“That definitely helped,” said Irvin. “I learned the stick skills, and how to cradle. Now, it’s natural. That’s the thing about lacrosse. Once you get past the stick skills – how to catch, throw and cradle – it comes down to how hard you work. My freshman year, that’s what I focused on the most.”
More Than an Athlete
What Irvin’s coaches value most about her is who she is as a person, not what she is as an athlete.
“I have called her mom on numerous occasions, simply to say that she is just the best kid,” said Hurwitz. “She goes above and beyond for her teammates. She is exceptionally caring and respectful. She’s very, very coachable. She’s a good kid, a good daughter, a good friend and a good teammate.”
And a good student, with an approximate 4.0 GPA and involvement in many activities (National Honor Society, National English Honor Society, Athletes Helping Athletes, etc.). All this while playing three varsity sports and playing both club soccer and lacrosse.
“She works very, very hard,” said Hurwitz. “Even while in our lacrosse season, she is still going to soccer games and practices after our games and after our practices. She doesn’t stop.
“She is just one of those once-in-a-lifetime athletes that you get to coach. She’s also resilient. She just wears her mask and plays, and you wouldn’t know we are in the middle of a global pandemic.”
Being named captain on multiple teams clearly speaks volumes about her leadership skills.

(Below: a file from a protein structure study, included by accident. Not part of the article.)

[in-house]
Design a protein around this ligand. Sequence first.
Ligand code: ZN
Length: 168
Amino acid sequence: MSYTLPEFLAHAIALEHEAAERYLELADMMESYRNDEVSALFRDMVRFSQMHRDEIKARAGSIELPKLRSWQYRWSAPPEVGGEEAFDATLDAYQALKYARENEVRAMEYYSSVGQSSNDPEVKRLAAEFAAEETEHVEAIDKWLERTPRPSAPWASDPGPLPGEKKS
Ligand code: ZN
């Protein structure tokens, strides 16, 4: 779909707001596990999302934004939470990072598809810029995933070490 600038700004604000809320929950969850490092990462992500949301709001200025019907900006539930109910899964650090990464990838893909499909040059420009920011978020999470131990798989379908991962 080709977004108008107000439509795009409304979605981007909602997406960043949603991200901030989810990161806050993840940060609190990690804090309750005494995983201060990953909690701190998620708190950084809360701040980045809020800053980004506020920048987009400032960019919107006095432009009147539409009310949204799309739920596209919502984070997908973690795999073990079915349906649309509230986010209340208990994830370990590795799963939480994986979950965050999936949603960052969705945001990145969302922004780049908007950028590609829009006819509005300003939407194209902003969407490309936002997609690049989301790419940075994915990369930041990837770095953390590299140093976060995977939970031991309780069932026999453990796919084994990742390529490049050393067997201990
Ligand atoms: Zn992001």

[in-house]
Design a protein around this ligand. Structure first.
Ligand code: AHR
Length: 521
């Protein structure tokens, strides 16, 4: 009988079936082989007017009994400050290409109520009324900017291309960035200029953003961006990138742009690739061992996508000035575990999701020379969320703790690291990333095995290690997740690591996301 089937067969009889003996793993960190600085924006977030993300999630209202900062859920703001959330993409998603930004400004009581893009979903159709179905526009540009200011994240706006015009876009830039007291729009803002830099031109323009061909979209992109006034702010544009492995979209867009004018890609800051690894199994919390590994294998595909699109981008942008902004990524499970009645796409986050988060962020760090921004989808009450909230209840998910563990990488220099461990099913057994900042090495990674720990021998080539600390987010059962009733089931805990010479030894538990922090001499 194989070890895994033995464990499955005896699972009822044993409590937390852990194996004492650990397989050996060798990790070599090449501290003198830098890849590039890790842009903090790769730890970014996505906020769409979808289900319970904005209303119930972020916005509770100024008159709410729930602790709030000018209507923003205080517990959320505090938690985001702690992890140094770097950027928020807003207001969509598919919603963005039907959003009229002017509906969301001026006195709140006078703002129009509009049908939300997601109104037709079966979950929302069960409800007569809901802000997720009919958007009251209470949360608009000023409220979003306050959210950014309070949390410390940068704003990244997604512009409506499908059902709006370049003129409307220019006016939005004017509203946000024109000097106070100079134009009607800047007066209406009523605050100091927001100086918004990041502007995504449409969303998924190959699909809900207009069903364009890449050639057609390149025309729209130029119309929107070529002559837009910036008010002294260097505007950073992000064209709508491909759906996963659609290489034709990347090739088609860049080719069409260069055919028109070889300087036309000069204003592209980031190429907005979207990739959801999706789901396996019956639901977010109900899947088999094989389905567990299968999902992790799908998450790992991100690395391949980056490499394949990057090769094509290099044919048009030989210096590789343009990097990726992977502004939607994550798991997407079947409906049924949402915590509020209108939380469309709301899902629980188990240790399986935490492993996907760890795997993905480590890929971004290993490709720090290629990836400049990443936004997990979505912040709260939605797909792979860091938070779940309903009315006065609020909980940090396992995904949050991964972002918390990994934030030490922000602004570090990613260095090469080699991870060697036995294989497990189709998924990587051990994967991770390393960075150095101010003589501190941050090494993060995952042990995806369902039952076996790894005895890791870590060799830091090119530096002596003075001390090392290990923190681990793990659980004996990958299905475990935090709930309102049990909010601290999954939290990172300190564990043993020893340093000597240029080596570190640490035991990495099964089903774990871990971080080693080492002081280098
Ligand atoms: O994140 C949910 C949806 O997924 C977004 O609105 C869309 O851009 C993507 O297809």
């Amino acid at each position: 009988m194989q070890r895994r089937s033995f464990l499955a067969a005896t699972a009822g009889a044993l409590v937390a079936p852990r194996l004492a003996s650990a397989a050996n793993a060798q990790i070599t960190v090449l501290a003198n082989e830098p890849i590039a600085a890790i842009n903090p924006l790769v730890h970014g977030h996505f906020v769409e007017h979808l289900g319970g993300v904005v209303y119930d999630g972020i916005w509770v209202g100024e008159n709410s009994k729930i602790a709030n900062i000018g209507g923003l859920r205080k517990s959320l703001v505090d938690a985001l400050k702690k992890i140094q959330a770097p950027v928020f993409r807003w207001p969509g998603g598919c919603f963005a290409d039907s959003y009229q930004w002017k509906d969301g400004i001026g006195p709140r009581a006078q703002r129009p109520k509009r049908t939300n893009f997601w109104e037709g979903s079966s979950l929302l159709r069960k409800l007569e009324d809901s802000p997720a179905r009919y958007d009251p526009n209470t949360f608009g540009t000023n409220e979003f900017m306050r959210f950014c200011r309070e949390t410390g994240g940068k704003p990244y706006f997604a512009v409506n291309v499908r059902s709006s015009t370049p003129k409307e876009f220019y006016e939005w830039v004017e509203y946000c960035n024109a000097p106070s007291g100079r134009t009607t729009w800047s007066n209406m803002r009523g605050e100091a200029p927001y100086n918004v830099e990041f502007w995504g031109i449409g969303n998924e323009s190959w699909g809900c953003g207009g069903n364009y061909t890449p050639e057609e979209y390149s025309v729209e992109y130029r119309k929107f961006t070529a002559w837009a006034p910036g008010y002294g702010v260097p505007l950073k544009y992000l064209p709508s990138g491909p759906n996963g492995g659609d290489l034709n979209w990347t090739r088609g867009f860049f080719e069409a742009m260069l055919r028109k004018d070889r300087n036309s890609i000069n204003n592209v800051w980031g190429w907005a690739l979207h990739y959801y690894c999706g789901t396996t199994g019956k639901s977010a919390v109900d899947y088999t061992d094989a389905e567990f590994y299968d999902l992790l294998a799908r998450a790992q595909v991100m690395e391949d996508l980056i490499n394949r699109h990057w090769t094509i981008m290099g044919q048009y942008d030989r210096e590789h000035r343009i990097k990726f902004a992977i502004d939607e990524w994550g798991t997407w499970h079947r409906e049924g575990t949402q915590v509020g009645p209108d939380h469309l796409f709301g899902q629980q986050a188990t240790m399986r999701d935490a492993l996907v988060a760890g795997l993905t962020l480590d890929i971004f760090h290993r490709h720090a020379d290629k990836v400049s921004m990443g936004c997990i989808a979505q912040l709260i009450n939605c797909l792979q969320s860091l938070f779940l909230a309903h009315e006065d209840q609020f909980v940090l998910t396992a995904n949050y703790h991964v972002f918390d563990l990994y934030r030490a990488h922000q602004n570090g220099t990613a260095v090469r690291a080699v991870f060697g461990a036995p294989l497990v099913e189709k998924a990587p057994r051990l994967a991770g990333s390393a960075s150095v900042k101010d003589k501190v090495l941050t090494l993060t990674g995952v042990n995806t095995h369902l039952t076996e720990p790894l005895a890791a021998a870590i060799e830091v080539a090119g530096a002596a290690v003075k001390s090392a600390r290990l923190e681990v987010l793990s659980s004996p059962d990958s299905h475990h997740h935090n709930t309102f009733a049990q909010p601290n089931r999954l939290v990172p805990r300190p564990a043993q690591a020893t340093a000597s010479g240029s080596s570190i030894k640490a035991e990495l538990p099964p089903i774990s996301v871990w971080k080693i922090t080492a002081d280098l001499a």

“She leads by example,” said Hurwitz. “She is first on the field and last off the field. She’s inclusive and very responsible. I had them run a captains’ practice, and she was on the one who was leading the charge.”
Irvine agreed with that assessment, saying that a team leader doesn’t necessarily need to be a superstar.
“I think I am a leader through my actions,” said Irvin. “I think a lot of people look at leaders as being very vocal and someone you can go to, and that’s what I try to be. I just tried to be someone who you can come to and talk to with any issues. You have to be a good person and good teammate, and that what I was trying to do.”
Learning to budget her time between three sports, travel teams (she also played AAU basketball before giving it up while staying with travel lacrosse and soccer), schoolwork and activities has helped her naturally mature.
“I think the big thing, with kids our age, is that we love to procrastinate,” said Irvin, who wanted to thank her family, coaches, teammates, teachers and friends for their support. “I just try to avoid that as much as I can. Whenever I’m assigned something, I just try to get it done right away. I prioritize school first.”
Said Klumpp: “I am most proud of just her overall growth, the big picture outside of basketball. She’s really come into her own and will have such a successful future ahead of her. She’s in top classes. She’s in honor societies and clubs. She has taken some of our younger players under her wing in terms of leadership. In short, she is the epitome of what you want someone in your program to emulate. She’s a tremendous example of what a student athlete and contributor to the school and community should be.”
Irvin is aware of her growth process and has an understanding of it.
“As each season goes by, you just learn naturally and grow as a person and become more mature,” she said. “I think it also has to do with yourself. I always tried as hard as I could to be both a great teammate and a good athlete.”